Medical device maker Medtronic revealed that 14 patients have died due to problems associated with its SynchroMed implantable drug pump. The revelations came only a day after the FDA announced that the pump would be recalled over safety concerns.
The SynchroMed pump exists to deliver powerful drugs directly into spinal fluid in patients with severe pain or who are unable to take oral medication. Medtronic, which is the largest heart device maker in the world, issued a notice to customers and doctors in early June about four flaws it had discovered in its SynchroMed Implantable Infusion System. The FDA reviewed these issues and determined and each flaw mentioned in the customer notifications were serious enough to qualify as a Class I recall.
According to Medtronic, two deaths were associated with a blockage in the tube that delivers medication from the pump, one death was related to a short-circuit of the pump and 11 others were because the pump mistakenly injected medicine into the tissue around the pump rather than into the tube where the medicine should instead be directed. The company said the deaths occurred over the past decade and a half.
Medtronic decided to come forward with the numbers after the FDA announced earlier this week that it would be issuing a Class I recall for the product. Such a recall is only issued in cases where there is a reasonable risk that use of the product will lead to serious injury or death. Due to the variety of problems associated with the device, Medtronic says its recommendations about what to do in the case of patients with the pumps will vary depending on the age of the implant and other factors. Patients are recommended to talk to their doctors about any concerns they may have with the product.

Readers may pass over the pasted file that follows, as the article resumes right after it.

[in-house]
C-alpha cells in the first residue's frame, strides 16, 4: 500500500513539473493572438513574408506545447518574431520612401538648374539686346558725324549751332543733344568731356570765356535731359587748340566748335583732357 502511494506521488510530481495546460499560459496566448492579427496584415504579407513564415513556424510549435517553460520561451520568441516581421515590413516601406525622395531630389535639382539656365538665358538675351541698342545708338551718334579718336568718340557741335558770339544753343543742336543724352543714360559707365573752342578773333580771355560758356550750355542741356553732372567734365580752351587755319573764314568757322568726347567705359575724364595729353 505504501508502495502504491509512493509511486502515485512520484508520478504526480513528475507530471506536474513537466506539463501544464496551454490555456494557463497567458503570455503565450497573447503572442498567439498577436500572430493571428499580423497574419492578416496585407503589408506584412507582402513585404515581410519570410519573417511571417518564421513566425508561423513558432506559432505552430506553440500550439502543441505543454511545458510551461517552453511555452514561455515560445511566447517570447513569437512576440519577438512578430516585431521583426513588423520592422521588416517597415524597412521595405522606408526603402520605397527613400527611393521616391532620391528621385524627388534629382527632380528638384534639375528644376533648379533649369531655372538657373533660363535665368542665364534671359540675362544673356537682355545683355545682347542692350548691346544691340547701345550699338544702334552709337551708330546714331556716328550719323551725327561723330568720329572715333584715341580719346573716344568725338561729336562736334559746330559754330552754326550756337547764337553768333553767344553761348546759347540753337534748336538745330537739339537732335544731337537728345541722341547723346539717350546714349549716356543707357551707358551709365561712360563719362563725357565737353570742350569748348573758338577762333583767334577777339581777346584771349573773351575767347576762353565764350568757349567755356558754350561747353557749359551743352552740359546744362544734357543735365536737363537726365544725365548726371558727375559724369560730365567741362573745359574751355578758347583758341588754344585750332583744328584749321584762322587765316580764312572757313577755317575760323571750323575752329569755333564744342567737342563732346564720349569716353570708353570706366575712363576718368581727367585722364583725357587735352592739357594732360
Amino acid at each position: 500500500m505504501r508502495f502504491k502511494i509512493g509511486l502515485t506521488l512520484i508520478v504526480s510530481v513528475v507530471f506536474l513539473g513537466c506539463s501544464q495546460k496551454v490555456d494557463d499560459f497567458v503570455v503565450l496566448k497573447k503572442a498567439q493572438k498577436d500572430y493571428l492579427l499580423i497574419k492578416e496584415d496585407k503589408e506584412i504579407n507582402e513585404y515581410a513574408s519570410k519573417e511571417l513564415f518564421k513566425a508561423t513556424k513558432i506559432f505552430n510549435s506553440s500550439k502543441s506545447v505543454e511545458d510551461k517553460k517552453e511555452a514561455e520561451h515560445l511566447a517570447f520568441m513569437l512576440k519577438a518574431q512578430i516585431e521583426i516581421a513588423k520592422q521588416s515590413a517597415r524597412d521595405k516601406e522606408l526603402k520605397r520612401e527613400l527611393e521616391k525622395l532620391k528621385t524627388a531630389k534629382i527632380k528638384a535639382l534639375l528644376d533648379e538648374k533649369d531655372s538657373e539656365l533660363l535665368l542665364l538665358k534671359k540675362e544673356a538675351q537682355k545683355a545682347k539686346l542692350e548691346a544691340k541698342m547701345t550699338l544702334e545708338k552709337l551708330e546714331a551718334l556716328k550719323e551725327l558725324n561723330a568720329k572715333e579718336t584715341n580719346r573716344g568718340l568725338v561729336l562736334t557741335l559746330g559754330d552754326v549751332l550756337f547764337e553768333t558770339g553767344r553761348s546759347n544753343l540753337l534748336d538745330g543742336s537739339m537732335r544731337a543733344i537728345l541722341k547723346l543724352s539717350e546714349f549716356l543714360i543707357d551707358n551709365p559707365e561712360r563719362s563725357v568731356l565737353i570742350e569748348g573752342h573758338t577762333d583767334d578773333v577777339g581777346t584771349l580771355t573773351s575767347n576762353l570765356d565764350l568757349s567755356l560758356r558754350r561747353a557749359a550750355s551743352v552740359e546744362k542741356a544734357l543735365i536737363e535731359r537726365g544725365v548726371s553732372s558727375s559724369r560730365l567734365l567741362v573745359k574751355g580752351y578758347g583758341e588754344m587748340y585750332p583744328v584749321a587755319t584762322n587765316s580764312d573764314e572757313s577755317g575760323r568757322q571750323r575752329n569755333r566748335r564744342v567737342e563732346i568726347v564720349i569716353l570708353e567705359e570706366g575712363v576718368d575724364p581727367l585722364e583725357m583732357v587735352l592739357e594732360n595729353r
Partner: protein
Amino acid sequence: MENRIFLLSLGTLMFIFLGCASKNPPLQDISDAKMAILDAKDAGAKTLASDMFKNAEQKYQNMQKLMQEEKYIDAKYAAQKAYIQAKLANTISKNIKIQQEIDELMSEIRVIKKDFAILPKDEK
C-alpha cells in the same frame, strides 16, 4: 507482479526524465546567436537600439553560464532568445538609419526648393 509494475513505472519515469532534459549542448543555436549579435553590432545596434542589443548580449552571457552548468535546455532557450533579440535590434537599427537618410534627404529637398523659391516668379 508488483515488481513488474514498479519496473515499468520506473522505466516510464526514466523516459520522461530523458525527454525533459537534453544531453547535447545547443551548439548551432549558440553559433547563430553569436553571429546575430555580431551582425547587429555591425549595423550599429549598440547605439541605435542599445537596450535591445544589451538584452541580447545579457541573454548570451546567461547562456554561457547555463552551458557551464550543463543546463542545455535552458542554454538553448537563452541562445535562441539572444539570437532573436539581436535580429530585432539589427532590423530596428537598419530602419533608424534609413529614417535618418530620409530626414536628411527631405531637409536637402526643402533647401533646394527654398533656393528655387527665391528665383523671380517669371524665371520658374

Unfortunately this is not the first time Medtronic has run into problems with its medical devices. Medtronic recalled two types of the pumps in December of 2012 after reports came out that they may fail to properly deliver medicines, potentially leading to a return of symptoms and even death. The concern identified then was a risk of stalling and not properly delivering medicines, particularly when the pumps were used with unapproved drugs.
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